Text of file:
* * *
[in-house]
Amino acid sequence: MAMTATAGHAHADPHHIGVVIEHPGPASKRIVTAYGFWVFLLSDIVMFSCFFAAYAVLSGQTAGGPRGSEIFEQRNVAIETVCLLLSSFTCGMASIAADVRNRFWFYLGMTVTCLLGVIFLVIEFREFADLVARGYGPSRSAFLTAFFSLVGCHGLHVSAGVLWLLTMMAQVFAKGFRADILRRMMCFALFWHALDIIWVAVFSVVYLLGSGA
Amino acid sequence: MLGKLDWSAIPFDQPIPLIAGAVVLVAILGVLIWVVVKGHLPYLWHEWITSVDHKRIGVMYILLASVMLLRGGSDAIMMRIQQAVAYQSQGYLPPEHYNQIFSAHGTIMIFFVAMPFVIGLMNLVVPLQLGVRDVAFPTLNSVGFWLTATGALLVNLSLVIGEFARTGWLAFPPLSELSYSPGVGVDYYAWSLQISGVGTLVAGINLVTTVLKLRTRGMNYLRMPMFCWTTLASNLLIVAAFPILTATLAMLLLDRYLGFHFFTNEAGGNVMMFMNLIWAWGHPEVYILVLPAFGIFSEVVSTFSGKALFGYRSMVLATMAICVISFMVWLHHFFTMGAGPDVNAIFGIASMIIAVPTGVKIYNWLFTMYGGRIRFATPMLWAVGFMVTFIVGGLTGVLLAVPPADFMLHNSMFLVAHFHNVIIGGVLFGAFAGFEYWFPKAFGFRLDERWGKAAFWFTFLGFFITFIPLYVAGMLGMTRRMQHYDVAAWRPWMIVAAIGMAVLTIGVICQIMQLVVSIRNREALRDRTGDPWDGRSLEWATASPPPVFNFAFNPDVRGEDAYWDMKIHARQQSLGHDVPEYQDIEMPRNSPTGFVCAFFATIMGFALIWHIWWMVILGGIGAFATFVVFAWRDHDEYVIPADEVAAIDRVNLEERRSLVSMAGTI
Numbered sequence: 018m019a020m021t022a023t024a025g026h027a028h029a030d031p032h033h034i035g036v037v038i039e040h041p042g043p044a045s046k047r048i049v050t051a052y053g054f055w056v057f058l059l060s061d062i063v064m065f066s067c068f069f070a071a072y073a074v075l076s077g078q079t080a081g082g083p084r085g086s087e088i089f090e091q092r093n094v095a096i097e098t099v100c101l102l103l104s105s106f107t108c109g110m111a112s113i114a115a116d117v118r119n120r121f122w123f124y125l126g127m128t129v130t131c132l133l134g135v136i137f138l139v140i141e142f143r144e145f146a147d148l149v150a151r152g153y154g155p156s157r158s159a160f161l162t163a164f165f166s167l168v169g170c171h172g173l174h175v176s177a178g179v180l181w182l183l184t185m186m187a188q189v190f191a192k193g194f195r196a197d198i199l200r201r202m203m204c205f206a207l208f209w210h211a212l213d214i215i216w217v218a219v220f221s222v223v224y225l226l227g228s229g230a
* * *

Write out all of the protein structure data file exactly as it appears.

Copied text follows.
[in-house]
Amino acid sequence: MAMTATAGHAHADPHHIGVVIEHPGPASKRIVTAYGFWVFLLSDIVMFSCFFAAYAVLSGQTAGGPRGSEIFEQRNVAIETVCLLLSSFTCGMASIAADVRNRFWFYLGMTVTCLLGVIFLVIEFREFADLVARGYGPSRSAFLTAFFSLVGCHGLHVSAGVLWLLTMMAQVFAKGFRADILRRMMCFALFWHALDIIWVAVFSVVYLLGSGA
Amino acid sequence: MLGKLDWSAIPFDQPIPLIAGAVVLVAILGVLIWVVVKGHLPYLWHEWITSVDHKRIGVMYILLASVMLLRGGSDAIMMRIQQAVAYQSQGYLPPEHYNQIFSAHGTIMIFFVAMPFVIGLMNLVVPLQLGVRDVAFPTLNSVGFWLTATGALLVNLSLVIGEFARTGWLAFPPLSELSYSPGVGVDYYAWSLQISGVGTLVAGINLVTTVLKLRTRGMNYLRMPMFCWTTLASNLLIVAAFPILTATLAMLLLDRYLGFHFFTNEAGGNVMMFMNLIWAWGHPEVYILVLPAFGIFSEVVSTFSGKALFGYRSMVLATMAICVISFMVWLHHFFTMGAGPDVNAIFGIASMIIAVPTGVKIYNWLFTMYGGRIRFATPMLWAVGFMVTFIVGGLTGVLLAVPPADFMLHNSMFLVAHFHNVIIGGVLFGAFAGFEYWFPKAFGFRLDERWGKAAFWFTFLGFFITFIPLYVAGMLGMTRRMQHYDVAAWRPWMIVAAIGMAVLTIGVICQIMQLVVSIRNREALRDRTGDPWDGRSLEWATASPPPVFNFAFNPDVRGEDAYWDMKIHARQQSLGHDVPEYQDIEMPRNSPTGFVCAFFATIMGFALIWHIWWMVILGGIGAFATFVVFAWRDHDEYVIPADEVAAIDRVNLEERRSLVSMAGTI
Numbered sequence: 018m019a020m021t022a023t024a025g026h027a028h029a030d031p032h033h034i035g036v037v038i039e040h041p042g043p044a045s046k047r048i049v050t051a052y053g054f055w056v057f058l059l060s061d062i063v064m065f066s067c068f069f070a071a072y073a074v075l076s077g078q079t080a081g082g083p084r085g086s087e088i089f090e091q092r093n094v095a096i097e098t099v100c101l102l103l104s105s106f107t108c109g110m111a112s113i114a115a116d117v118r119n120r121f122w123f124y125l126g127m128t129v130t131c132l133l134g135v136i137f138l139v140i141e142f143r144e145f146a147d148l149v150a151r152g153y154g155p156s157r158s159a160f161l162t163a164f165f166s167l168v169g170c171h172g173l174h175v176s177a178g179v180l181w182l183l184t185m186m187a188q189v190f191a192k193g194f195r196a197d198i199l200r201r202m203m204c205f206a207l208f209w210h211a212l213d214i215i216w217v218a219v220f221s222v223v224y225l226l227g228s229g230a